We are thrilled to share the news that 6 of our projects completed in the past year have been recognized with various industry awards from the AIA DC and Northern Virginia Chapters and NAIOP DC | MD. Congratulations to our clients, consultants and talented B|HA team members, and to our general contractors for executing these projects!
Three multi-family apartment buildings within blocks of each other in the Georgetown Historic District have been restored and modernized, breathing new life into these 100 year old apartment buildings that are some of the earliest purpose built multi-family buildings in Washington DC.
Our client, John Hedden, whose family owned the buildings since the 1950s, led the renovation efforts with thoughtfulness and care, guiding the project through review at the Old Georgetown Board and subsequently through a challenging construction phase. The exciting transformation of these elegant buildings ensures they will endure for centuries to come.
Historic Slowe and Carver Halls provided housing for single war workers and then Howard University students for an impressive 75-year span, but each had reached the end its useful life as this specific dormitory design. Both buildings were designed by Hilyard Robinson, a distinguished architect and the first African American to earn an architecture degree from Columbia University (B.Arch,1924 and M.S. in Architecture, 1931).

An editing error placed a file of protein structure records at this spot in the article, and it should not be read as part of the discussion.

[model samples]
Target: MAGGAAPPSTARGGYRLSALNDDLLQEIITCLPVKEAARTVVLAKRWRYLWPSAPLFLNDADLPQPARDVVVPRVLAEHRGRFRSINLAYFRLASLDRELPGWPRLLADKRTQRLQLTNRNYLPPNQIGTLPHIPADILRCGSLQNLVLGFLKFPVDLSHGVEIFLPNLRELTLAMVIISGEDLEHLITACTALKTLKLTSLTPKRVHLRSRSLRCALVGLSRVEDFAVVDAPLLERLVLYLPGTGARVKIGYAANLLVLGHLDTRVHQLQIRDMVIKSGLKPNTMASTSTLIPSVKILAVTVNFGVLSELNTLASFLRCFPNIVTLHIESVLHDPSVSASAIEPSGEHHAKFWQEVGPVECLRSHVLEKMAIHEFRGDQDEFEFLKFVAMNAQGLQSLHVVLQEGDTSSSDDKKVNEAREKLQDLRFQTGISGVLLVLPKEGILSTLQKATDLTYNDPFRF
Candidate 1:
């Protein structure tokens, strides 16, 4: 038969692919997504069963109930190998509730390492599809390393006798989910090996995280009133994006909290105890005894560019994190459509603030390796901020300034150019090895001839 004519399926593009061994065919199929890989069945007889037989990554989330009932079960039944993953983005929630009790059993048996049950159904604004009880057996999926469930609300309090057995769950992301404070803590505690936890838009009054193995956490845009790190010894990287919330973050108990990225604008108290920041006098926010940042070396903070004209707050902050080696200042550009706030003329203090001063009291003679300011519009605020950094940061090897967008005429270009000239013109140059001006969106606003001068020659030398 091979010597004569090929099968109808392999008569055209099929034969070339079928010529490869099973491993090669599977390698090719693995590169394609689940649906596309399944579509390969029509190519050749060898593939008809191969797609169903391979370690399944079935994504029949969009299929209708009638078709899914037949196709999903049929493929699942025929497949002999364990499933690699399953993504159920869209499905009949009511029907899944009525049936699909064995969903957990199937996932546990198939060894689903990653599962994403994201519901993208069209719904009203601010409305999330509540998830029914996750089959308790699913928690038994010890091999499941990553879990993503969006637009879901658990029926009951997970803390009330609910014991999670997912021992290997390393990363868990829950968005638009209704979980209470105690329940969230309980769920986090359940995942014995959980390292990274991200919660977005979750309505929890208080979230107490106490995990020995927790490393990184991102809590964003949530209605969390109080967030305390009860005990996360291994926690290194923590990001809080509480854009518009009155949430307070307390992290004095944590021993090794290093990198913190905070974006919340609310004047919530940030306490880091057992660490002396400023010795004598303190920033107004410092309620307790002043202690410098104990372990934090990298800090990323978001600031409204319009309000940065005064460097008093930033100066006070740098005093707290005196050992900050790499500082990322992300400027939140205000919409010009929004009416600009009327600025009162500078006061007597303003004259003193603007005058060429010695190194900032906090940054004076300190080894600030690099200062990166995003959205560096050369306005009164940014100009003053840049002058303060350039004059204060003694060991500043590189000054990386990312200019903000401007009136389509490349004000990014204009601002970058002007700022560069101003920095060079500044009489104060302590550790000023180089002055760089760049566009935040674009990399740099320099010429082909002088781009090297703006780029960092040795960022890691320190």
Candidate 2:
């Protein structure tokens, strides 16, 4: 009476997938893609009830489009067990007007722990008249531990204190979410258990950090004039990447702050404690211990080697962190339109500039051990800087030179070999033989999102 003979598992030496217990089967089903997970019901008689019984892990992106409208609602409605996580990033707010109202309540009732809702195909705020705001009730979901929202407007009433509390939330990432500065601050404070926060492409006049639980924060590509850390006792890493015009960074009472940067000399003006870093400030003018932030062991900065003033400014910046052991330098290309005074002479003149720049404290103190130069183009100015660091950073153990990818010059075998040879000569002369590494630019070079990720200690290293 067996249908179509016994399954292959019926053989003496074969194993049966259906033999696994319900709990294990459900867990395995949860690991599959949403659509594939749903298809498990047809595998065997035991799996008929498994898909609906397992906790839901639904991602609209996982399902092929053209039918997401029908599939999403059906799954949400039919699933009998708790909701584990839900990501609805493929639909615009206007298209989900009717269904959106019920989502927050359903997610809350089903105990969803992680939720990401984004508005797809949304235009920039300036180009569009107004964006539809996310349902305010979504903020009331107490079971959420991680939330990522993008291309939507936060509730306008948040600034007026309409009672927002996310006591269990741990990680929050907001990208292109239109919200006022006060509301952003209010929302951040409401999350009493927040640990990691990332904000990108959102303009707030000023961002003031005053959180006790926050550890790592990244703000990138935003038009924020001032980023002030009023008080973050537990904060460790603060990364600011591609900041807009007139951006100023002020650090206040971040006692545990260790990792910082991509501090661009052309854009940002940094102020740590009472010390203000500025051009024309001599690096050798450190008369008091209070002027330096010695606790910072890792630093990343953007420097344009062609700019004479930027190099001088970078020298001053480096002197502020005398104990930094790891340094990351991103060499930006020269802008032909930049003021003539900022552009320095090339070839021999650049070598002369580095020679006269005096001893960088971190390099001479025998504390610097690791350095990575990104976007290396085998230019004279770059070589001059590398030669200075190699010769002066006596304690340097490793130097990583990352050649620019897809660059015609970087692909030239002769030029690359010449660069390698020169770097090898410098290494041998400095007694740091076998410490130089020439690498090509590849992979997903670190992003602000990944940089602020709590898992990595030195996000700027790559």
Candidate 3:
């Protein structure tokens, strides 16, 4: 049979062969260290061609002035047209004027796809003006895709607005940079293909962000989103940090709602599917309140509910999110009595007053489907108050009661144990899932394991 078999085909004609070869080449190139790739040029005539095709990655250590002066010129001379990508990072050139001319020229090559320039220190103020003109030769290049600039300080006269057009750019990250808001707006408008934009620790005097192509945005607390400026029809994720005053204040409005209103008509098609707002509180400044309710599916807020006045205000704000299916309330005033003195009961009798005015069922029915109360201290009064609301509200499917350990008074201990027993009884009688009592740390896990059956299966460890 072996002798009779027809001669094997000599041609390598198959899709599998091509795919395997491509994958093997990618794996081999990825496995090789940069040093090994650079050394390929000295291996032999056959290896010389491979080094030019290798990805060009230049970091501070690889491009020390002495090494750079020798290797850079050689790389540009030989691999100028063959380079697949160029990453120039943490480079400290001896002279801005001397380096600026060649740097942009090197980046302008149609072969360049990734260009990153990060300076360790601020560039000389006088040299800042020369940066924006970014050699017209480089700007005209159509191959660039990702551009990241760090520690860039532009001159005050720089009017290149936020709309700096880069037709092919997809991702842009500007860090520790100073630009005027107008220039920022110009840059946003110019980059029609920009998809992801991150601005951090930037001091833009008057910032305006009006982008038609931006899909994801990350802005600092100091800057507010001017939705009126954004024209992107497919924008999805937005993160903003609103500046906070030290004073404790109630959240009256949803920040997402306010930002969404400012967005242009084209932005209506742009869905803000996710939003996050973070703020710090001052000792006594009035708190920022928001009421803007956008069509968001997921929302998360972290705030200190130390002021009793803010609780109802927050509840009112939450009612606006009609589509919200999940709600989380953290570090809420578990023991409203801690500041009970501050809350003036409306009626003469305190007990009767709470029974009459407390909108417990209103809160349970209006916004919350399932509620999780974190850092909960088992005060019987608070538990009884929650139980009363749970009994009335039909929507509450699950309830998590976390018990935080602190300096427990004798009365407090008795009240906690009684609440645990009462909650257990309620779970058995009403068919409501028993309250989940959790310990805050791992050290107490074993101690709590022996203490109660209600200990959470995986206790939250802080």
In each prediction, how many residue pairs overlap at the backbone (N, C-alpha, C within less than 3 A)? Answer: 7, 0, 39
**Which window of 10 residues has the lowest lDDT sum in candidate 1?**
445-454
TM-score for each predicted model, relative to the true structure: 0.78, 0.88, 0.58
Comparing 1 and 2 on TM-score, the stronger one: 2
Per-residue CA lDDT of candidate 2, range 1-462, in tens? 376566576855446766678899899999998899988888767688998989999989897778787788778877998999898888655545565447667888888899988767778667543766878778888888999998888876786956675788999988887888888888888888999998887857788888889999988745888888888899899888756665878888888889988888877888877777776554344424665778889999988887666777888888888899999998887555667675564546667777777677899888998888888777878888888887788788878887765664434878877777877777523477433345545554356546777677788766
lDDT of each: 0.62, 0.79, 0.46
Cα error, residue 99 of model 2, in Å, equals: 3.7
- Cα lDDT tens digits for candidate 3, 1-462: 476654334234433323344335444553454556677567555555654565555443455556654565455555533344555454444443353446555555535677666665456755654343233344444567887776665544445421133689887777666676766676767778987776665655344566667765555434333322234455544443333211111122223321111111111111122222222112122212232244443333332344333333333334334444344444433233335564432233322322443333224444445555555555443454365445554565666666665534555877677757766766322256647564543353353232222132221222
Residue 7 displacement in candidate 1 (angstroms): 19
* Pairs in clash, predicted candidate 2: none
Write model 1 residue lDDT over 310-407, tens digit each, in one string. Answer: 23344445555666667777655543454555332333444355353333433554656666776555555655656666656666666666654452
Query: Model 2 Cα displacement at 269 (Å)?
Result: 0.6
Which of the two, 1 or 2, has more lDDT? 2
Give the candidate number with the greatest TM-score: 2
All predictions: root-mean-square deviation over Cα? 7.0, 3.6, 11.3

Bonstra | Haresign ARCHITECTS along with client team Urban Investment Partners and Neighborhood Development Company creatively and painstakingly transformed the two Howard University dormitory buildings into 164 moderately priced apartments while preserving a historically significantly piece of the LeDroit Park community. These three-story apartment budlings offer the only high-density multifamily residences in the walkable and public transit-oriented neighborhood.
Bonstra | Haresign ARCHITECTS recently completed two residential projects across the city that uniquely enhance the urban fabric and reinforce a connection between their residents and the community. A new infill project along the lively H Street corridor reflects the neighborhood’s energy and diversity, with a contrast of materials and forms in a contemporary composition that relates to the proportions of its re-purposed Victorian neighbors. A Foggy Bottom rowhouse built in the late 1880’s is preserved and revitalized for a client legacy with a contemporary style and creative design solutions to allow sunlight to penetrate into a narrow building envelope.